- October 2021: 100% Design Development plans, cost and specs submitted by HDG. Historical Marker materials and graphic designs discussed. Additionally, the Columbus team begins piecing together application materials for the Next Level Trails grant.
- November 2021: Resolution No. 27-2021 approved, which allows for expending Certified Tech Park Funds for specific use on the 1821 Trail. HDG submits 100% documents and Structurepoint submits signed water main plans. Bid documents are submitted to contractors.
- December 2021: The 1821 Trail Brick Campaign launches (see additional details below). A pre-bid meeting is held. Resolution No. 29-2021 approves funding a portion of the 1821 Bicentennial Trail from the Central Allocation Area. Contractor bids are received and opened in a public meeting. Groundbreaking is held on December 28, 2021 and the selected contractor, Dave O’Mara, is present during the groundbreaking ceremony.
- January 2022: A pre-construction meeting is held at City Hall to discuss the project timeline.
- February 2022: Additional meetings are held to discuss utility relocation timeline and traffic maintenance on 1st Street. Utility work will begin in late-February or early-March and will extend through the end of March. At this time, 1st Street will be converted to one-way westbound traffic.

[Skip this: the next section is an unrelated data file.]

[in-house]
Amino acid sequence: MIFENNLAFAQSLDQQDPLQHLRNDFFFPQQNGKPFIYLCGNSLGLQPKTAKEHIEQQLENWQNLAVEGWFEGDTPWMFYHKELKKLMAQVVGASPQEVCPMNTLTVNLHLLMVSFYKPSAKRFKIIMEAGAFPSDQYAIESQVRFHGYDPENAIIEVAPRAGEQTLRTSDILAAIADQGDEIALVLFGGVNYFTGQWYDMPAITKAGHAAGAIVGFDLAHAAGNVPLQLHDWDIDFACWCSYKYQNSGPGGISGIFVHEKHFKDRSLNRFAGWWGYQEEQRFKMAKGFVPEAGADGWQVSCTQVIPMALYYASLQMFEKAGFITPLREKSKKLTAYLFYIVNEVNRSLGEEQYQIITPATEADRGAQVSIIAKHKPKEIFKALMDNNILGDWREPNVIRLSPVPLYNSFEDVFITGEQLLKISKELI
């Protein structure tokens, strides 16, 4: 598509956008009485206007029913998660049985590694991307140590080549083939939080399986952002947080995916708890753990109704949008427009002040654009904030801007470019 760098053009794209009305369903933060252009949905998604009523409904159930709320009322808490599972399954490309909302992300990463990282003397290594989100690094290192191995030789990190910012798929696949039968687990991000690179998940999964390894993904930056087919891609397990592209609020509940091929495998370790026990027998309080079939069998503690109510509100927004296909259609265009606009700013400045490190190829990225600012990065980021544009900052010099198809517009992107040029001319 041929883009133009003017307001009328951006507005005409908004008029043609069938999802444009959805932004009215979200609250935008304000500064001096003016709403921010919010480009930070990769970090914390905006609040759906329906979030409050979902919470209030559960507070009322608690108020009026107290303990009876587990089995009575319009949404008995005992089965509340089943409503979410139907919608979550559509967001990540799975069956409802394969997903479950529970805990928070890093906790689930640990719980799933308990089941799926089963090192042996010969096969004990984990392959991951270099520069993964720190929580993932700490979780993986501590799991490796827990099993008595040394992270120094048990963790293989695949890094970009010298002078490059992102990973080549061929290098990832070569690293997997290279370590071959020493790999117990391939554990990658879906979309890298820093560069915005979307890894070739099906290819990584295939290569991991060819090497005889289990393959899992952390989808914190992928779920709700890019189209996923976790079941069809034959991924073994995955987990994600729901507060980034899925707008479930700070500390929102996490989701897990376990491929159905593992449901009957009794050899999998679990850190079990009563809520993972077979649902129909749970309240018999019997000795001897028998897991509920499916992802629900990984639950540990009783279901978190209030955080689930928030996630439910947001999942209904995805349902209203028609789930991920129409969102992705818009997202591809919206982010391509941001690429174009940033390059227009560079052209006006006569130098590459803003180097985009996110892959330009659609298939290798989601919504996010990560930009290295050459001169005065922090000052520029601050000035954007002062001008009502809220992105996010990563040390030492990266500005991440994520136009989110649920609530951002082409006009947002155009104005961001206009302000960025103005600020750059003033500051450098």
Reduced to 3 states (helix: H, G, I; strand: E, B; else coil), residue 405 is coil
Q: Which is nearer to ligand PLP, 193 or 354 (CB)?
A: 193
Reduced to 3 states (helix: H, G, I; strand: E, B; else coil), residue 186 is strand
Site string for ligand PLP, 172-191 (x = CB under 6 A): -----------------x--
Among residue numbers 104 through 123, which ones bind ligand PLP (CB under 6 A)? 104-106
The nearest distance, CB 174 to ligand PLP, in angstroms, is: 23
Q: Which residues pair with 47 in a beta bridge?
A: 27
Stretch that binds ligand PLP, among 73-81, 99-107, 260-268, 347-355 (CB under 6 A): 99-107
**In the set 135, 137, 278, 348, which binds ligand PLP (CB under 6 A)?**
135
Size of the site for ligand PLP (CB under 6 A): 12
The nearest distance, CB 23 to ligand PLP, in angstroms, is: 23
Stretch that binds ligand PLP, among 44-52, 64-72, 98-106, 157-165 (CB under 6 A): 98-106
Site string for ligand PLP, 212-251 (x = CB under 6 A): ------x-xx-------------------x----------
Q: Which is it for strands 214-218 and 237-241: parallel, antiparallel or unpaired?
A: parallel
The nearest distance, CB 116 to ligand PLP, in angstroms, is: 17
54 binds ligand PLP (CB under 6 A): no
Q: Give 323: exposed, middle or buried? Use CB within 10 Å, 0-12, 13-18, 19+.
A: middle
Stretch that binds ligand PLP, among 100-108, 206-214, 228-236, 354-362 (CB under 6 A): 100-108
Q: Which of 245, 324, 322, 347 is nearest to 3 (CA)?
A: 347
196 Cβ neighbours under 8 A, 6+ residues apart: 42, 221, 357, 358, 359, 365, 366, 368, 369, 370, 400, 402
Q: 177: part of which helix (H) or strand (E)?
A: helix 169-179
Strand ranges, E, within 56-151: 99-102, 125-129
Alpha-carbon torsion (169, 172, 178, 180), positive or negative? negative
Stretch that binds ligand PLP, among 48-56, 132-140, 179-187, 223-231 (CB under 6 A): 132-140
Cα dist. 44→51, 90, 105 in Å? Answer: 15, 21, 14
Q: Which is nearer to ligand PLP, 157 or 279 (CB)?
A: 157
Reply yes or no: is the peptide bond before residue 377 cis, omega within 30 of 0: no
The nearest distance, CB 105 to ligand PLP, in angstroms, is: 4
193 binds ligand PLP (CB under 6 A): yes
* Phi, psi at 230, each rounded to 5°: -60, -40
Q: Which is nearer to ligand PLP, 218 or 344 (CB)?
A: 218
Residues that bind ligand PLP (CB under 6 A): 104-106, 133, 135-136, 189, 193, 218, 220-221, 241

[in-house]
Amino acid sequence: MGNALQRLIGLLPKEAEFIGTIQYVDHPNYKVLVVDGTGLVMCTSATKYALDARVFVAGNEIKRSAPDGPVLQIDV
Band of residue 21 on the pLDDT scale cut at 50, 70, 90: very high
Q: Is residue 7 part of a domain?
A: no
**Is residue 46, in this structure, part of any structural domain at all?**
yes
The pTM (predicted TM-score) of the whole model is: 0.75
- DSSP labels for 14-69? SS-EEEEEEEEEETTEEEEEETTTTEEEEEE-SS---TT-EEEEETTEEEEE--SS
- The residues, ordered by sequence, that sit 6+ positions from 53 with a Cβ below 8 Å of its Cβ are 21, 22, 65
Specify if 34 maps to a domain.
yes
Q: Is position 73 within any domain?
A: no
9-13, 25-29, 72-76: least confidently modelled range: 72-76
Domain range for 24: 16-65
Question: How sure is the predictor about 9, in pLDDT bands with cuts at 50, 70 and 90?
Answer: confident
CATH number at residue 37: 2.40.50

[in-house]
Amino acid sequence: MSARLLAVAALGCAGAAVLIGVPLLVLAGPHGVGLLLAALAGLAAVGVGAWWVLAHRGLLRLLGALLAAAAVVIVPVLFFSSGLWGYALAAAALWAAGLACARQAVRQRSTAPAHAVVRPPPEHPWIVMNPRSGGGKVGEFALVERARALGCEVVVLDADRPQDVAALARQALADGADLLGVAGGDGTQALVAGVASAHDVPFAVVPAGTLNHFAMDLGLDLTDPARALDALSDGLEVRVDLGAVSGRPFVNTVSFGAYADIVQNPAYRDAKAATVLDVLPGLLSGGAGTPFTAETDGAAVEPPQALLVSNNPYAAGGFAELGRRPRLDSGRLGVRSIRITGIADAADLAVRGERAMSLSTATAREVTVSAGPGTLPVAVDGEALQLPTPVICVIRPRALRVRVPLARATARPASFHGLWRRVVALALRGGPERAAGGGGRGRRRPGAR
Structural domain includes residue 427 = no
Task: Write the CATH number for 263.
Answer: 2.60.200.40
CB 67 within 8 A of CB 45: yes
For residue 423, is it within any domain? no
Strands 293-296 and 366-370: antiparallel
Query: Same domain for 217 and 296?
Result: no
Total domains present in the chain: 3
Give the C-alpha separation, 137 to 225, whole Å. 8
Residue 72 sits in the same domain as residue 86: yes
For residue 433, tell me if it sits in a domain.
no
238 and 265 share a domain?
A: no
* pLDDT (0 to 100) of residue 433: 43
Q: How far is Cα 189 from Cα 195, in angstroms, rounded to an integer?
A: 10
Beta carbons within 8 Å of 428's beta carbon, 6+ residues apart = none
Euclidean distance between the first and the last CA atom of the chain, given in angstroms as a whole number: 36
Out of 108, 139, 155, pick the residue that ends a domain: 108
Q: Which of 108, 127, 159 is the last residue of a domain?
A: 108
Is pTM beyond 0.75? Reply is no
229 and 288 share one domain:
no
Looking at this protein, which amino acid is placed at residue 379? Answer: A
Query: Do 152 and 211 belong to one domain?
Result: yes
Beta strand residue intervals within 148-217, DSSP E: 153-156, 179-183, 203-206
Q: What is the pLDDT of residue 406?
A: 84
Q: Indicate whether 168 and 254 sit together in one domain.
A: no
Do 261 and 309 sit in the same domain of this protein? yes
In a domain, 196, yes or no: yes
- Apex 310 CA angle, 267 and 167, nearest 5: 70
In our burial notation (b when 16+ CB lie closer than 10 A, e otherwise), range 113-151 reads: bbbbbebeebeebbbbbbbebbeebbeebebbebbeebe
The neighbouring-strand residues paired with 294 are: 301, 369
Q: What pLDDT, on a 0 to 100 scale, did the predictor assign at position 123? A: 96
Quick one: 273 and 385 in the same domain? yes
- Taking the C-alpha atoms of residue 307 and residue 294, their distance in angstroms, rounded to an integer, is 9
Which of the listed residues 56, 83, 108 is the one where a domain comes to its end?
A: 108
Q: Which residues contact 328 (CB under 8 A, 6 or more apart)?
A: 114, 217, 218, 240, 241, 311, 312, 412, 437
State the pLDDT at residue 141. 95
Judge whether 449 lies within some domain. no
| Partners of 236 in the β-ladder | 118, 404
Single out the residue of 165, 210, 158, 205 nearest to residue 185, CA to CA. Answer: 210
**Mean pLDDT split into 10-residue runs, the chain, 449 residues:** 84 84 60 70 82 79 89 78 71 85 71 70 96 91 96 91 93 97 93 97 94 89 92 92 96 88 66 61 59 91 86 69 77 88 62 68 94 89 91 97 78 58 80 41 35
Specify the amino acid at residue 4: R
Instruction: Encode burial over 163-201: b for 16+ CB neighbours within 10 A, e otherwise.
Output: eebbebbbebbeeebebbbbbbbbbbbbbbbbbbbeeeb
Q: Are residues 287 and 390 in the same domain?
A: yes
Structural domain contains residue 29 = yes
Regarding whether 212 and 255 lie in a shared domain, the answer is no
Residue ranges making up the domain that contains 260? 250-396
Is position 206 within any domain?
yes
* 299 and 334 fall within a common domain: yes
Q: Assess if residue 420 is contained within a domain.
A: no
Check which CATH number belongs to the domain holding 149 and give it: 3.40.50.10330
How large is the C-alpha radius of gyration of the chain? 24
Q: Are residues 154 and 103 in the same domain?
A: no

- March 2022: Construction limits are staked, but material lead-time creates delays in the water main portion of the project. In the meantime, considerable planning and preparation in relation to the electrical plan, limestone, landscaping, monument fabrication, etc. By the end of the month, tree and shrub removal takes place along the City Hall block.
- April 2022: Brick shipments are received throughout the month of April, and the limestone marker blocks are relocated to the construction site and prepare for fabrication. Curb and gutter demo takes place along 1st Street. Continued discussions take place to finalize plans for the artistic elements along the trail.
- May 2022: Considerable construction progress on the 1821 Trail: water main installed, curb and gutter installed, removal of existing sidewalks, etc. Additionally, there has been significant progress on the Historical Marker design and content.